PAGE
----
Scammers know that in times like these, many people want to help others. Unfortunately, this is something they may take advantage of in an effort to rip people off. 

Be cautious if you get a call from someone claiming to be from a charitable organization, asking for donations via mail, wire transfer, or gift cards. This includes calls from people who say they are collecting money to buy things like personal protective equipment for local law enforcement. 

Sheriff Troy Morton with the Penobscot County Sheriff's Office says that law enforcement officials will never directly call homes asking for donations.


This period is a particularly vulnerable time for all Americans, since we are navigating a lot of unknowns.

"Mainers have signed up for unemployment for the very first time in their lives these past few weeks," Sheriff Morton expressed. "That's the time when they might not know, 'Well, is this going to come by the Internet? Are they going to call my home? How do I get this done?'"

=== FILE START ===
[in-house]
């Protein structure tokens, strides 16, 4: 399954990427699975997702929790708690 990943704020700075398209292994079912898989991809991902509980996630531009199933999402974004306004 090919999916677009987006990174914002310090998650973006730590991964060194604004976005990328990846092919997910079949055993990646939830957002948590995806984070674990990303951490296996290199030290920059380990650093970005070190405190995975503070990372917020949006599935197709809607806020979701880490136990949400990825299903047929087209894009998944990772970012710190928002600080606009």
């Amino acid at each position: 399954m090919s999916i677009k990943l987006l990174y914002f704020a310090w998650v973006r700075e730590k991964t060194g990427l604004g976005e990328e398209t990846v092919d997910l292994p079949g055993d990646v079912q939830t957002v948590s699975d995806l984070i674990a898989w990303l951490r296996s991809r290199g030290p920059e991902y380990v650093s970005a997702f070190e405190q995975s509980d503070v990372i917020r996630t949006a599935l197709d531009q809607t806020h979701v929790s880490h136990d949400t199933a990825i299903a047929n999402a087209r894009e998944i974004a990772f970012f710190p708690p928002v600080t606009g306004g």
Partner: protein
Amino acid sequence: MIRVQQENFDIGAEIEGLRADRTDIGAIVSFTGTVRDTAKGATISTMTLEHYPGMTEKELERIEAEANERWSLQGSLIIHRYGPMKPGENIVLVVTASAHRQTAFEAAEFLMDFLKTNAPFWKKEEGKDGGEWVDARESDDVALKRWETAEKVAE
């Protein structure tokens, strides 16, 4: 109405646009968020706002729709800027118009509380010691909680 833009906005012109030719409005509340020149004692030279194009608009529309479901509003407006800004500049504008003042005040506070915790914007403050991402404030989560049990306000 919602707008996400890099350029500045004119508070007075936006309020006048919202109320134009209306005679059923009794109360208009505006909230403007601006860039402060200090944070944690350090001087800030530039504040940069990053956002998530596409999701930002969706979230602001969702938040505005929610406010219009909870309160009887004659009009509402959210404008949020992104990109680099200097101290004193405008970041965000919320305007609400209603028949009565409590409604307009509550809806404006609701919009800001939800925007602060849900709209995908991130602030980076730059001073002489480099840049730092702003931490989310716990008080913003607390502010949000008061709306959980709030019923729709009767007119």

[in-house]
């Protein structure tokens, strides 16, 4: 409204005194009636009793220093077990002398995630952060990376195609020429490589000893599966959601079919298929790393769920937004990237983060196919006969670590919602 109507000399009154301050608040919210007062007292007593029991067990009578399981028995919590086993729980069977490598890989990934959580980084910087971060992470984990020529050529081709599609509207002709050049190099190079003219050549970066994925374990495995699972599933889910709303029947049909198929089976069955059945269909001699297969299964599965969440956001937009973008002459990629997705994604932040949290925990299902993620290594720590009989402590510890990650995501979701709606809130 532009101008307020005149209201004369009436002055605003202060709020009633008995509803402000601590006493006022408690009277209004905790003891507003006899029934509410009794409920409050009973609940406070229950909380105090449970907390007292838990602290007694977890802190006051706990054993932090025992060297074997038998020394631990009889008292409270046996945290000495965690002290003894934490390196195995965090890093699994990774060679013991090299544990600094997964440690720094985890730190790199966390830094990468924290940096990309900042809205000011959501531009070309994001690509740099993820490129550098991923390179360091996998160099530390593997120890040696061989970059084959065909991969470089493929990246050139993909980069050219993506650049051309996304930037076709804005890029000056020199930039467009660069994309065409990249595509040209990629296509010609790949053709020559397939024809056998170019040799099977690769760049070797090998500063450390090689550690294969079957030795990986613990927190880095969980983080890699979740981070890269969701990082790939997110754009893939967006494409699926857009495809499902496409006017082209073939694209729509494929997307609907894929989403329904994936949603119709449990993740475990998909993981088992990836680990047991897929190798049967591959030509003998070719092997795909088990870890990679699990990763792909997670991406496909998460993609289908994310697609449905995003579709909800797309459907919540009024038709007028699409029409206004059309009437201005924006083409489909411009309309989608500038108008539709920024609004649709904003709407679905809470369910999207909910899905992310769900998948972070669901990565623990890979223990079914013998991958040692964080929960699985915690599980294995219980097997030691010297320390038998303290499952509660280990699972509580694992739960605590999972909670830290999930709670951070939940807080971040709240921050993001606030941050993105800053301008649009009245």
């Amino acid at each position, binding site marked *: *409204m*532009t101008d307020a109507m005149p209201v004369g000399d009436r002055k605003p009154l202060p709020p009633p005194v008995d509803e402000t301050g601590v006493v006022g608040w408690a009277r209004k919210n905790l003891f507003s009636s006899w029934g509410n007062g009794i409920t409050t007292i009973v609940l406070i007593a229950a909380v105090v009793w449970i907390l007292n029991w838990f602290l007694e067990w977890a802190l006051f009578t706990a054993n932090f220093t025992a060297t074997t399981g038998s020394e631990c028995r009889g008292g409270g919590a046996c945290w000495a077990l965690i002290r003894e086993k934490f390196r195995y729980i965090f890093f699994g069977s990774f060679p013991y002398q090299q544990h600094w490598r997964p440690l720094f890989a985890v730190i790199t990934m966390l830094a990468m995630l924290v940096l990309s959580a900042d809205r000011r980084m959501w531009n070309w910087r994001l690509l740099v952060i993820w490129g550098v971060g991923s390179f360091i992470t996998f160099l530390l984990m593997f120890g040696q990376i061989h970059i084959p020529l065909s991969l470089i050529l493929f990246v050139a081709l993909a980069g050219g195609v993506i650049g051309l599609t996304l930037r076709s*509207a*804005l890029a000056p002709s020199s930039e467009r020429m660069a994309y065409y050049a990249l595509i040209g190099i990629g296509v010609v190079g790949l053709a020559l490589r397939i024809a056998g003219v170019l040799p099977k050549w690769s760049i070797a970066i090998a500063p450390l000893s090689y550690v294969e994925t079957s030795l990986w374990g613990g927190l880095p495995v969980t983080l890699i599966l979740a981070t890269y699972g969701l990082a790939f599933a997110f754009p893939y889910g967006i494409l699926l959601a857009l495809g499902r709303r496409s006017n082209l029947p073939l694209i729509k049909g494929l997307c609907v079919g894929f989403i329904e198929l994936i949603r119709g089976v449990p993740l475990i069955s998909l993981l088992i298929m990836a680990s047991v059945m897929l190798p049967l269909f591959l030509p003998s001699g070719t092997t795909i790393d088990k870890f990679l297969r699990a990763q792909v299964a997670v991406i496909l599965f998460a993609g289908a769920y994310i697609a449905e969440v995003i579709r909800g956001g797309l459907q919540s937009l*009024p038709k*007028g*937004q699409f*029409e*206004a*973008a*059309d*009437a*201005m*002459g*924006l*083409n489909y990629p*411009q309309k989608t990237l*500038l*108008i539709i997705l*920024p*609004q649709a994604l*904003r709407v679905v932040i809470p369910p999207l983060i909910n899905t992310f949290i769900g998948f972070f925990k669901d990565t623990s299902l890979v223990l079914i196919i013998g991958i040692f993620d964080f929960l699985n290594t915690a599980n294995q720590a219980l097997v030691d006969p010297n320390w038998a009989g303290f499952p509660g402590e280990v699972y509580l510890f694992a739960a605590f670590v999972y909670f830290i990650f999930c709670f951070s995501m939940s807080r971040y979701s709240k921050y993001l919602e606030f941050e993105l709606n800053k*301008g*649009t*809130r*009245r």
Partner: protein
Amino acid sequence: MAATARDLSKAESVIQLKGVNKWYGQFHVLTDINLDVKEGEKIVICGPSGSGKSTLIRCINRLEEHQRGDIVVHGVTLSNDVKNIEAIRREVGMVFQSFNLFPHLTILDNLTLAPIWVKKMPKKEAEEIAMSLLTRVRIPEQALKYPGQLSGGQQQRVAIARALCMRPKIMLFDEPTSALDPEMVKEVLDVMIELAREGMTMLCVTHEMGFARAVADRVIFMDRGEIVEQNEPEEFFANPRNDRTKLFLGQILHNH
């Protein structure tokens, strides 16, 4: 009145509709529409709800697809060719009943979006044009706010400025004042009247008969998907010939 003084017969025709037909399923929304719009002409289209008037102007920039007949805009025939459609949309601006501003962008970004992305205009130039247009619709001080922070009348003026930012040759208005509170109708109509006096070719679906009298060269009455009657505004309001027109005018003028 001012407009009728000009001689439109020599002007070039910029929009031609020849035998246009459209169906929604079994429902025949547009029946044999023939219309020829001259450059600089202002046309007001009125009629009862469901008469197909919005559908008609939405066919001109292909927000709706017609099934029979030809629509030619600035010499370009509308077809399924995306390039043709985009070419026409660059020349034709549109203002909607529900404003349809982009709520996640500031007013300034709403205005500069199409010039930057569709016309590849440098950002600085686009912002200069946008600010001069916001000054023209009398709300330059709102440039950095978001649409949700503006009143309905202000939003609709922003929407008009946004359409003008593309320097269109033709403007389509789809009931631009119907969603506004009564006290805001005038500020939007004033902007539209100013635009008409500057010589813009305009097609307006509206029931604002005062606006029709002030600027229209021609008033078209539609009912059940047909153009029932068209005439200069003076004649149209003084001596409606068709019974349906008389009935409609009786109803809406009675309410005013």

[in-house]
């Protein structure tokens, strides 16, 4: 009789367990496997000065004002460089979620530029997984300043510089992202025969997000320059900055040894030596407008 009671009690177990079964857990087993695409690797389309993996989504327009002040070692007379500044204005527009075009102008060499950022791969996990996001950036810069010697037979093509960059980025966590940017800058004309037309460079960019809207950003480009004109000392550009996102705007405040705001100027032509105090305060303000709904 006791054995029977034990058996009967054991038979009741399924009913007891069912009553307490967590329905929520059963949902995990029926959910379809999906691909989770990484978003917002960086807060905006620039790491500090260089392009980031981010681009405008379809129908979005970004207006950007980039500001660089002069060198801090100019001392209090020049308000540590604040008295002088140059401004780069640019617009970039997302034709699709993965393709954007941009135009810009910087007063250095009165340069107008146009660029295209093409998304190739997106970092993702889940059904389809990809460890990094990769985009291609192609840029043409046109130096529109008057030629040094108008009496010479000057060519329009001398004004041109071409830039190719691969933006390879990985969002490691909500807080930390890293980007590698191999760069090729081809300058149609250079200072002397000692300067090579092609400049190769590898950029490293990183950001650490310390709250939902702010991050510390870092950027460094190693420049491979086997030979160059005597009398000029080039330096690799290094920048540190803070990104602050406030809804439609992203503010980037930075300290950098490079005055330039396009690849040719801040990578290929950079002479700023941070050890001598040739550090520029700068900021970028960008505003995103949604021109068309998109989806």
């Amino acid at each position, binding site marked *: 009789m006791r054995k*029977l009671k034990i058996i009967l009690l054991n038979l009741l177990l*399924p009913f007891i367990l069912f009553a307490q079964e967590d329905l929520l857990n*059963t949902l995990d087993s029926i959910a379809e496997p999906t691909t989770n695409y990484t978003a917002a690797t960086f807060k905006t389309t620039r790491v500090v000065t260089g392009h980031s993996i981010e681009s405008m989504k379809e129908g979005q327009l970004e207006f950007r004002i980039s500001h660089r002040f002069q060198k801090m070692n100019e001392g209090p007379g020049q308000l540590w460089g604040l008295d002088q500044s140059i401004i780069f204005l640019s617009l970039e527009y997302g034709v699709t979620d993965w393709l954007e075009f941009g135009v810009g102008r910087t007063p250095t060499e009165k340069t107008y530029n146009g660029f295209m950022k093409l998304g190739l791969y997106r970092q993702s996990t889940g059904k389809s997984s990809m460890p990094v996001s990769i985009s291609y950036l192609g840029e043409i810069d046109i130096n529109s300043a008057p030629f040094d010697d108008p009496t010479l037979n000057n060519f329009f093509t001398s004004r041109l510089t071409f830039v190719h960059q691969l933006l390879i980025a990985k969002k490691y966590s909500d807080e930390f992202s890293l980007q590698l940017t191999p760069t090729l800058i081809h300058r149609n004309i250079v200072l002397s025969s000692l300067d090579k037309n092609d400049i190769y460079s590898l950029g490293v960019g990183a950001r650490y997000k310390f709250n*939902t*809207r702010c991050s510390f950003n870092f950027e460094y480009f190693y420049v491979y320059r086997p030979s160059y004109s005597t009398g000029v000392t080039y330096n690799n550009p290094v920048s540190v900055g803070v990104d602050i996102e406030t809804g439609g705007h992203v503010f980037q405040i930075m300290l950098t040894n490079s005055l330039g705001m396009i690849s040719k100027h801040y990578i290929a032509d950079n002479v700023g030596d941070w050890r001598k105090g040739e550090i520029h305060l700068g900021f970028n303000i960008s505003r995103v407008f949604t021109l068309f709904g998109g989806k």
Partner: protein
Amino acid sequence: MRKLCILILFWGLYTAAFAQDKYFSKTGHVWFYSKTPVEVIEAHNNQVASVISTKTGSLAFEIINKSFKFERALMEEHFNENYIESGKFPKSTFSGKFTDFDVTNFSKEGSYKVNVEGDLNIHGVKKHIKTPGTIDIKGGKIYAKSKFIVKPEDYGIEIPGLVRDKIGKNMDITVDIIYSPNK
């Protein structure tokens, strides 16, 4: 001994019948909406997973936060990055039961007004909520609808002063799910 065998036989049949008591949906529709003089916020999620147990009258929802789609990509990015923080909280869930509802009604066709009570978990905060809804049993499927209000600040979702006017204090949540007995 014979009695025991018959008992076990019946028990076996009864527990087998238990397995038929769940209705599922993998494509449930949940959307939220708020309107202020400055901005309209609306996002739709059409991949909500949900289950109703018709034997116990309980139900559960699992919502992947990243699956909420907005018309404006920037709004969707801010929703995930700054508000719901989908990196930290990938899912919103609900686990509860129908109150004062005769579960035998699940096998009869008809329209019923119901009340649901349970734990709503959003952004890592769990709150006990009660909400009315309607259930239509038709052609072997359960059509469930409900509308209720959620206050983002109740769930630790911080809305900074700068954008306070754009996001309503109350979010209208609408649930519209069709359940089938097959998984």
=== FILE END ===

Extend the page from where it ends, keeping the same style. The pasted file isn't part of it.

The elderly population is also still at high-risk for these scams, particularly because of the social distancing that COVID-19 requires.

"(The risk is) even more serious during this pandemic when we are prohibited from visiting our loved ones for fear of exposing them to the virus," Sen. Collins explained.


To avoid scams, try not to entertain scammers longer than you need to. For example, Sheriff Morton says that if you have doubts about who you're speaking with on the phone, you should take down their information and do some research before deciding whether to call them back. You should not feel as though you are under any pressure to do so. The best option is to just hang up. 

If you suspect you have been scammed, please reach out. Senator Collins recommends calling her Committee's Fraud Hotline at 1-855-303-9470. By reaching out, you may be able to recover some of the money or information you accidentally gave up before it's too late.

At NEWS CENTER Maine, we're focusing our news coverage on the facts and not the fear around the illness. To see our full coverage, visit our coronavirus section, here: /coronavirus